Modern critics and theorists, such as Catherine Belsey, have written of how the Renaissance dramatists rejected this kind of sermonizing model of drama in order to create their own more naturalistic model of drama. There is, however, another group of writers who claim that this model of dramatic sermons was still in force during the Renaissance period. This group is none other than the Renaissance writers themselves.

During the late 16th and early 17th century a huge debate raged on over the nature of poetry and theatre, and whether or not poetry and theatre should be allowed to exist. The entire debate hinged on two points, which in a sense are really the same: Where does poetry come from, and what are its effects? The critics of poetry, puritans mostly, claimed that poetry and drama corrupted the reader and the audience, and anyone who partook of such things would be made into a worse person for it. The apologists for poetry defended poetry along the same lines as the attackers: namely, the effect poetry would have upon the reader and the audience.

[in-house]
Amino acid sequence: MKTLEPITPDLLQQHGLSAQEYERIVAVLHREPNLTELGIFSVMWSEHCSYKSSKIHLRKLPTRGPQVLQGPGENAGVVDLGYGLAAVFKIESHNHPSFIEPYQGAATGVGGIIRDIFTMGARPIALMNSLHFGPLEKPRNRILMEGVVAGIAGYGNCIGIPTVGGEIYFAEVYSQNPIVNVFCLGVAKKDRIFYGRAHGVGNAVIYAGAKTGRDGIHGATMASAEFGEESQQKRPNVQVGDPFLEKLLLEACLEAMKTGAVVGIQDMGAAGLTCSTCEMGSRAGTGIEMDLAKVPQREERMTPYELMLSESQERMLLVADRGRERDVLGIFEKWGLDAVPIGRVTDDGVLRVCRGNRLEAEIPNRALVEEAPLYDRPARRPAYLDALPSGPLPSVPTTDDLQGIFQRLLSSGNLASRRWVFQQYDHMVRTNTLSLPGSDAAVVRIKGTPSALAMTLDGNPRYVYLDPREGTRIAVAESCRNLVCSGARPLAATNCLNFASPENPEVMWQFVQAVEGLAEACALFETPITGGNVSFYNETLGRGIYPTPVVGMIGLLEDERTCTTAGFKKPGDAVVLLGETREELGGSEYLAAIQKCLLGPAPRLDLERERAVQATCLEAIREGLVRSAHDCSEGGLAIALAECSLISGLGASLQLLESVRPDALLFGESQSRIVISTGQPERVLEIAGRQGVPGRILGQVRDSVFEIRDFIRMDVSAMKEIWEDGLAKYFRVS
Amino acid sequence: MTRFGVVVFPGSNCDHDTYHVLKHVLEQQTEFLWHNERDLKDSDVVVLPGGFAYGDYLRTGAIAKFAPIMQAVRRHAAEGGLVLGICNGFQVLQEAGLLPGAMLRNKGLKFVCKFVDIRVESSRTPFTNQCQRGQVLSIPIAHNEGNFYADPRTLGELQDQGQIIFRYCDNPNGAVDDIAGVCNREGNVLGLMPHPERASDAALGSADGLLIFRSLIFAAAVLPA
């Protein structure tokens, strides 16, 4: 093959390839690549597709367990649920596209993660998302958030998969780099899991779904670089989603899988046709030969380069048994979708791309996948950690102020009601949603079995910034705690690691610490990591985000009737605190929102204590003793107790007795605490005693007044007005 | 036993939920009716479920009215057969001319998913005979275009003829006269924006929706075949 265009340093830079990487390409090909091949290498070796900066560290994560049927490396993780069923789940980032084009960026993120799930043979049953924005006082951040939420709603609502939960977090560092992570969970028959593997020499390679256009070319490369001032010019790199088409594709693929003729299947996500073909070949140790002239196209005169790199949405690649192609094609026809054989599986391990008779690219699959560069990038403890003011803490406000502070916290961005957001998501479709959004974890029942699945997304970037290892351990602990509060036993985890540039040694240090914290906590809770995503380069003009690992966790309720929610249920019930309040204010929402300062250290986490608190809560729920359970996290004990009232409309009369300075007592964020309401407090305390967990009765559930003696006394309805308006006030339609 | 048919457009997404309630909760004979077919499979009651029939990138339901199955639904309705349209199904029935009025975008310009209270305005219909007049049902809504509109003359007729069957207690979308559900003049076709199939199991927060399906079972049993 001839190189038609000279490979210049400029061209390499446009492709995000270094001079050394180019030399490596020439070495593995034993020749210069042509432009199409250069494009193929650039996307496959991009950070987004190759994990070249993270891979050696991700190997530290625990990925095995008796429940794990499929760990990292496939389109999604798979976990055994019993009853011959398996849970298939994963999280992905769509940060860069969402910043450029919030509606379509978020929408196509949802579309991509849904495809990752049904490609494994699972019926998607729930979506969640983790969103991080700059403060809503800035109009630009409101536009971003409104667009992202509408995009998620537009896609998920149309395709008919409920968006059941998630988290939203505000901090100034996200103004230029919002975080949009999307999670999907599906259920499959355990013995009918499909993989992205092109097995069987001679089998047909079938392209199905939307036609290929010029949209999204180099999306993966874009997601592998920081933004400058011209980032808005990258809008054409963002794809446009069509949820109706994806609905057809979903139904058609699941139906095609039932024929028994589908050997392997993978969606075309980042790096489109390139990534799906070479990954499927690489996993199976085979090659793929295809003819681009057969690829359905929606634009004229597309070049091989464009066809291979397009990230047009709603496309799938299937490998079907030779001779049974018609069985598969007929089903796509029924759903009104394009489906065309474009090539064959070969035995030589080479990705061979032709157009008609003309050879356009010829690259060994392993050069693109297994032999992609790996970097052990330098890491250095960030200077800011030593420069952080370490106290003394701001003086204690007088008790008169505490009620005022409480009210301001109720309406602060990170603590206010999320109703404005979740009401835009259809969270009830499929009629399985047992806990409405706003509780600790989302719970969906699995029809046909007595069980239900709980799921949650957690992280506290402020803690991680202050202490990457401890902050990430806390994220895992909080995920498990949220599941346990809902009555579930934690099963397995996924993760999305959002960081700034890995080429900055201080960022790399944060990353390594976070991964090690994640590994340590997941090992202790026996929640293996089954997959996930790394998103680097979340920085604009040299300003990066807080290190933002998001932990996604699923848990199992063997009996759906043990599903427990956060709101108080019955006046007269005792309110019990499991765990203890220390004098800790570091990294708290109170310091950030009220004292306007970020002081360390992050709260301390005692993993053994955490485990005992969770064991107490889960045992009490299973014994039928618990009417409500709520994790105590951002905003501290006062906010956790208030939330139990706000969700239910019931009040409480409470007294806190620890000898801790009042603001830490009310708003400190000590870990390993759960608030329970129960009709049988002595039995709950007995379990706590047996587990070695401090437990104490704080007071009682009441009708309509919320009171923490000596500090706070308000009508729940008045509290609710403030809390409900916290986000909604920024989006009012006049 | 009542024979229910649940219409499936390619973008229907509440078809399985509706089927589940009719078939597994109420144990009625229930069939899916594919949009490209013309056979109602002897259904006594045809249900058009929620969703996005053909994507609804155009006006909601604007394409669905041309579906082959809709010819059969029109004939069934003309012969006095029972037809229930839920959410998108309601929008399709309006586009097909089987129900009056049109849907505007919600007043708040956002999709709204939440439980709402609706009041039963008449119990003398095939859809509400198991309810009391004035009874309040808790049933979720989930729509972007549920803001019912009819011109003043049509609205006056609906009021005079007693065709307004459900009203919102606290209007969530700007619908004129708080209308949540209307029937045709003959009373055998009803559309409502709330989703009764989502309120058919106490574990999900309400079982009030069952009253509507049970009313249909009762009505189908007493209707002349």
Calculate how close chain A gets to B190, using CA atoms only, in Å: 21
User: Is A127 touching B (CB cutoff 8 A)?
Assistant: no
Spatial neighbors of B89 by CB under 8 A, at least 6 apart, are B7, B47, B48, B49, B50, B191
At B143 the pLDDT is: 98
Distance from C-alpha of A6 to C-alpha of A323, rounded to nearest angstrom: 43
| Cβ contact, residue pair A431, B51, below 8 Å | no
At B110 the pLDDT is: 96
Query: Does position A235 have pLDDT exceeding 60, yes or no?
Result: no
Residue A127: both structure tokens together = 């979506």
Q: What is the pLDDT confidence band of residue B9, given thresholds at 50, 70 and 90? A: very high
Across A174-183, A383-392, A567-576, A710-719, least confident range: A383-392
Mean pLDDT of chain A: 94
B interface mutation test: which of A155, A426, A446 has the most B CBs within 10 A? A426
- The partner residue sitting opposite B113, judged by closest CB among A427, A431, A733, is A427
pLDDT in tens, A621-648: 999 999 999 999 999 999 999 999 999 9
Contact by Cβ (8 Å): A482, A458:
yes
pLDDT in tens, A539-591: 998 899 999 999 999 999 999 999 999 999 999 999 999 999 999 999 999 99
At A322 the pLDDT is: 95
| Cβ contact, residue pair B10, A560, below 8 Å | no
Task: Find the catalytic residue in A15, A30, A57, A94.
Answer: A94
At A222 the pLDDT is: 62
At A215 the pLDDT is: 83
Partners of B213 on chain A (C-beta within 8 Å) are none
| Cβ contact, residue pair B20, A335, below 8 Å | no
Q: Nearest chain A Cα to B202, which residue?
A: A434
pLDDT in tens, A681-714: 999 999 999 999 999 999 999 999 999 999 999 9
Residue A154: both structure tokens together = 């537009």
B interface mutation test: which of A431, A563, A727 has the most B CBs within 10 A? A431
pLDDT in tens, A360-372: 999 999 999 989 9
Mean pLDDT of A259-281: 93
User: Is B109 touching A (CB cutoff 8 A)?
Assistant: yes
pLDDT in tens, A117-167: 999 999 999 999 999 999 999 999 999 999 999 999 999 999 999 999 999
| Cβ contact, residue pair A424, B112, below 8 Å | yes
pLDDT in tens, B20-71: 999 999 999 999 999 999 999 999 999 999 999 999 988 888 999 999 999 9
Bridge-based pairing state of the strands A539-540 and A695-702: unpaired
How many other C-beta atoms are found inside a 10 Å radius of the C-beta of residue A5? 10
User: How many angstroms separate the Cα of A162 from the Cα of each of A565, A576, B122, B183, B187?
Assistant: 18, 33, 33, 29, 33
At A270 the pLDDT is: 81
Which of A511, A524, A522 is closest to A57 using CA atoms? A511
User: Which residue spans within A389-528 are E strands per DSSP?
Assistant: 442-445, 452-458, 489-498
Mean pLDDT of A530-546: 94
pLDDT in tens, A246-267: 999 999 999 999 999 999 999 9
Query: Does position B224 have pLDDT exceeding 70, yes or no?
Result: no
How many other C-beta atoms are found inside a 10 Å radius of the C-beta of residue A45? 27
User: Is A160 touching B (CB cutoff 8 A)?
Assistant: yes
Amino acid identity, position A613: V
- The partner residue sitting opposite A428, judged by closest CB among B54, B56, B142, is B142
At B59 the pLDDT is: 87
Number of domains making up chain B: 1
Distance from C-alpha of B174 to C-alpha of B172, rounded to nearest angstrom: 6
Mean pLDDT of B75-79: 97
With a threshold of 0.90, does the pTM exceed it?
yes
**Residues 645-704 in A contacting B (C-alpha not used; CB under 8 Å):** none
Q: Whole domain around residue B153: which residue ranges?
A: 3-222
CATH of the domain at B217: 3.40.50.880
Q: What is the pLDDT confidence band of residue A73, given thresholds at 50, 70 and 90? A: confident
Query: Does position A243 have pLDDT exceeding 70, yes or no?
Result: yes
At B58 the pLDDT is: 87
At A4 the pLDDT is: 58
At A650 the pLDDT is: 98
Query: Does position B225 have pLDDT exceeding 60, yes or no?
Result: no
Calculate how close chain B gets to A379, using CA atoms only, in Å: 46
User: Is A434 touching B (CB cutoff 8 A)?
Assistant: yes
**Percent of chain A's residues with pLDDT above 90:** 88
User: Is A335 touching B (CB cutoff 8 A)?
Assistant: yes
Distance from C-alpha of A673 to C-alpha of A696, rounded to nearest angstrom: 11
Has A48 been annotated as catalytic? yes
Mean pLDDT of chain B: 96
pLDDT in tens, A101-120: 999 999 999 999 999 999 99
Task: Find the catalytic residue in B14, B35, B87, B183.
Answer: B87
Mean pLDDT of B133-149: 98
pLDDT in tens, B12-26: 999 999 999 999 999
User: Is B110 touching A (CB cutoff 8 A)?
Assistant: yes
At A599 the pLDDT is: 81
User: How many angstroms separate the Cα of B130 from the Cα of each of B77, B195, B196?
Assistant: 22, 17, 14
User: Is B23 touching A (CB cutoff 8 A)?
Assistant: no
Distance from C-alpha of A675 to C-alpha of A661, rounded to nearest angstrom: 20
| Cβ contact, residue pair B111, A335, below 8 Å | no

Sir Philip Sidney fairly set the tone for the defenders in his Apology for Poetry when he defined poetry by its capacity to move the audience:



Poetry is a form of mimesis- that is to say a representing, counterfeiting, or figuring forth- to speak metaphorically, a speaking picture- with this end, to teach and delight.

Sidney goes on to elaborate how delight and poetry work together.



Delight, to move men to take that goodness in hand, which without delight they would fly as from a stranger; and teach, to make them know that goodness whereunto they are moved.

Other authors would pick up on Sidney’s premise and embellish it, and defined poetry on its ability to transform a reader or audience. There is Thomas Heywood, for example, in his bizarre Apology for Actors:



Braue men braue acts, being brauely acted too,
Makes, as men see things done, desire to do

And again, later, explaining drama's advantage over poetry in the teaching and delighting department: